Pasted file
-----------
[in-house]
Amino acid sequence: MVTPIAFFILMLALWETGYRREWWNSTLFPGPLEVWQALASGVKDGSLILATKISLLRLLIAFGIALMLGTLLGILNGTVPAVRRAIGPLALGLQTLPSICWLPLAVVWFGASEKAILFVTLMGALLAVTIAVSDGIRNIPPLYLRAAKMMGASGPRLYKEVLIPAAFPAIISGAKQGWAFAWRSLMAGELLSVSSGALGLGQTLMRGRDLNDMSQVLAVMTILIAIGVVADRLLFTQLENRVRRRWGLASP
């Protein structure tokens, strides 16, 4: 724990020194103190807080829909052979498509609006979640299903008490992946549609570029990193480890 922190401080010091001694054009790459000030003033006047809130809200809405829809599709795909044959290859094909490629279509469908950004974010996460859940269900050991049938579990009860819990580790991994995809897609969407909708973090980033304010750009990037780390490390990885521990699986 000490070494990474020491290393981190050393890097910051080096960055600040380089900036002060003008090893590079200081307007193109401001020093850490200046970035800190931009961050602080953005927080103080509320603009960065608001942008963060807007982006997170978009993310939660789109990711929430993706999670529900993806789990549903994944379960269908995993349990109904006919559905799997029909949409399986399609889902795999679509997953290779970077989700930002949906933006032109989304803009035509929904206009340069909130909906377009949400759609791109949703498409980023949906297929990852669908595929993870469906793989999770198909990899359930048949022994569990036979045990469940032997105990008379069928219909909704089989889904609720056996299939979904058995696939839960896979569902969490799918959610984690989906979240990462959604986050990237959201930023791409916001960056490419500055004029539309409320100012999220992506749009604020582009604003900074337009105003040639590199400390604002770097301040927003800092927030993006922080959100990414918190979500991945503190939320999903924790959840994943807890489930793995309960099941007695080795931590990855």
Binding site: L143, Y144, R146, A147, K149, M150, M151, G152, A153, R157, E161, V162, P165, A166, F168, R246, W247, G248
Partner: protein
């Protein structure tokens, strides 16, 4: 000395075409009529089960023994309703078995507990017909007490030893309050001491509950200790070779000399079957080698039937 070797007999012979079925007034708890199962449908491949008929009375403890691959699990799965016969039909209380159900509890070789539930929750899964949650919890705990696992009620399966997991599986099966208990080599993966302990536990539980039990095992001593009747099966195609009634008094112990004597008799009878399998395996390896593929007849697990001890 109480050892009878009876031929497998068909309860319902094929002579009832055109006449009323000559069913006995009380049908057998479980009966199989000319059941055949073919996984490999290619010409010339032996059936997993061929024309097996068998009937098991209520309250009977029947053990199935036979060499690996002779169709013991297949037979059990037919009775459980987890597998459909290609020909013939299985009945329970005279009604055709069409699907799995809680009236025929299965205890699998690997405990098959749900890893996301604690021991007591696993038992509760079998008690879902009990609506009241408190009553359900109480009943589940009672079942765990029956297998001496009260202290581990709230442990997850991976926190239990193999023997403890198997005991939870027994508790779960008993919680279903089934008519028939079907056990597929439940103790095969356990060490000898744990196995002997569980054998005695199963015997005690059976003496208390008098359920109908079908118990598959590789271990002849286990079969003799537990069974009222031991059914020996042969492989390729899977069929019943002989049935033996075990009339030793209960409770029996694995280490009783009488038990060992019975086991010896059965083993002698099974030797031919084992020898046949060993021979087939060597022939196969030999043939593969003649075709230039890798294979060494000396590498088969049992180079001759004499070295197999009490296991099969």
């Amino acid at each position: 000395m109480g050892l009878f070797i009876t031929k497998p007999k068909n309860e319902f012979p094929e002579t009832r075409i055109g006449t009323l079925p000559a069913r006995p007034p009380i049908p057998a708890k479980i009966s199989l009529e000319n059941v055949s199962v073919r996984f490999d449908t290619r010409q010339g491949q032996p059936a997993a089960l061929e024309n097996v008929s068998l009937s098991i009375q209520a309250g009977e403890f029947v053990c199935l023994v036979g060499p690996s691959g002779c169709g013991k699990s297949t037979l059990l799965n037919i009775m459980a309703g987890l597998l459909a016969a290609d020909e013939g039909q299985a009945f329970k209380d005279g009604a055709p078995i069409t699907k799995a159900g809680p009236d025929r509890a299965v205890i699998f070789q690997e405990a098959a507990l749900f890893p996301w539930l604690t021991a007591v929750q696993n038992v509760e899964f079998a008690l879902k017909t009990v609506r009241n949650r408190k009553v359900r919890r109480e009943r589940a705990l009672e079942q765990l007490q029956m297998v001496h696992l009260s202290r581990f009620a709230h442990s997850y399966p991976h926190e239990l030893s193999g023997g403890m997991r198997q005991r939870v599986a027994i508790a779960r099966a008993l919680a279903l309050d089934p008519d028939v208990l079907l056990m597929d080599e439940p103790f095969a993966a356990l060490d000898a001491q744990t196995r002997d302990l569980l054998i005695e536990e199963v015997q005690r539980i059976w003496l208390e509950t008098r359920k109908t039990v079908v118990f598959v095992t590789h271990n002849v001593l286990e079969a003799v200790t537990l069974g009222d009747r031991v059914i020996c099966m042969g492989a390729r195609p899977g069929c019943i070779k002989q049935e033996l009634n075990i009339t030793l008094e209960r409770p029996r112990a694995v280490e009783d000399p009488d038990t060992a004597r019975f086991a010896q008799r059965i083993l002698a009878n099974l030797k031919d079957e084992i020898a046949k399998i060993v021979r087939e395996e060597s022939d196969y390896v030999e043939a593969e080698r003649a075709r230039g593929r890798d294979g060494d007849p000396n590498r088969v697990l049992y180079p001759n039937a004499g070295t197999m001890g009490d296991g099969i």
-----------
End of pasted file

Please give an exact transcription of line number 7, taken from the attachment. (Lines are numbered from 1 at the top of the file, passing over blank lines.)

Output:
């Amino acid at each position: 000395m109480g050892l009878f070797i009876t031929k497998p007999k068909n309860e319902f012979p094929e002579t009832r075409i055109g006449t009323l079925p000559a069913r006995p007034p009380i049908p057998a708890k479980i009966s199989l009529e000319n059941v055949s199962v073919r996984f490999d449908t290619r010409q010339g491949q032996p059936a997993a089960l061929e024309n097996v008929s068998l009937s098991i009375q209520a309250g009977e403890f029947v053990c199935l023994v036979g060499p690996s691959g002779c169709g013991k699990s297949t037979l059990l799965n037919i009775m459980a309703g987890l597998l459909a016969a290609d020909e013939g039909q299985a009945f329970k209380d005279g009604a055709p078995i069409t699907k799995a159900g809680p009236d025929r509890a299965v205890i699998f070789q690997e405990a098959a507990l749900f890893p996301w539930l604690t021991a007591v929750q696993n038992v509760e899964f079998a008690l879902k017909t009990v609506r009241n949650r408190k009553v359900r919890r109480e009943r589940a705990l009672e079942q765990l007490q029956m297998v001496h696992l009260s202290r581990f009620a709230h442990s997850y399966p991976h926190e239990l030893s193999g023997g403890m997991r198997q005991r939870v599986a027994i508790a779960r099966a008993l919680a279903l309050d089934p008519d028939v208990l079907l056990m597929d080599e439940p103790f095969a993966a356990l060490d000898a001491q744990t196995r002997d302990l569980l054998i005695e536990e199963v015997q005690r539980i059976w003496l208390e509950t008098r359920k109908t039990v079908v118990f598959v095992t590789h271990n002849v001593l286990e079969a003799v200790t537990l069974g009222d009747r031991v059914i020996c099966m042969g492989a390729r195609p899977g069929c019943i070779k002989q049935e033996l009634n075990i009339t030793l008094e209960r409770p029996r112990a694995v280490e009783d000399p009488d038990t060992a004597r019975f086991a010896q008799r059965i083993l002698a009878n099974l030797k031919d079957e084992i020898a046949k399998i060993v021979r087939e395996e060597s022939d196969y390896v030999e043939a593969e080698r003649a075709r230039g593929r890798d294979g060494d007849p000396n590498r088969v697990l049992y180079p001759n039937a004499g070295t197999m001890g009490d296991g099969i």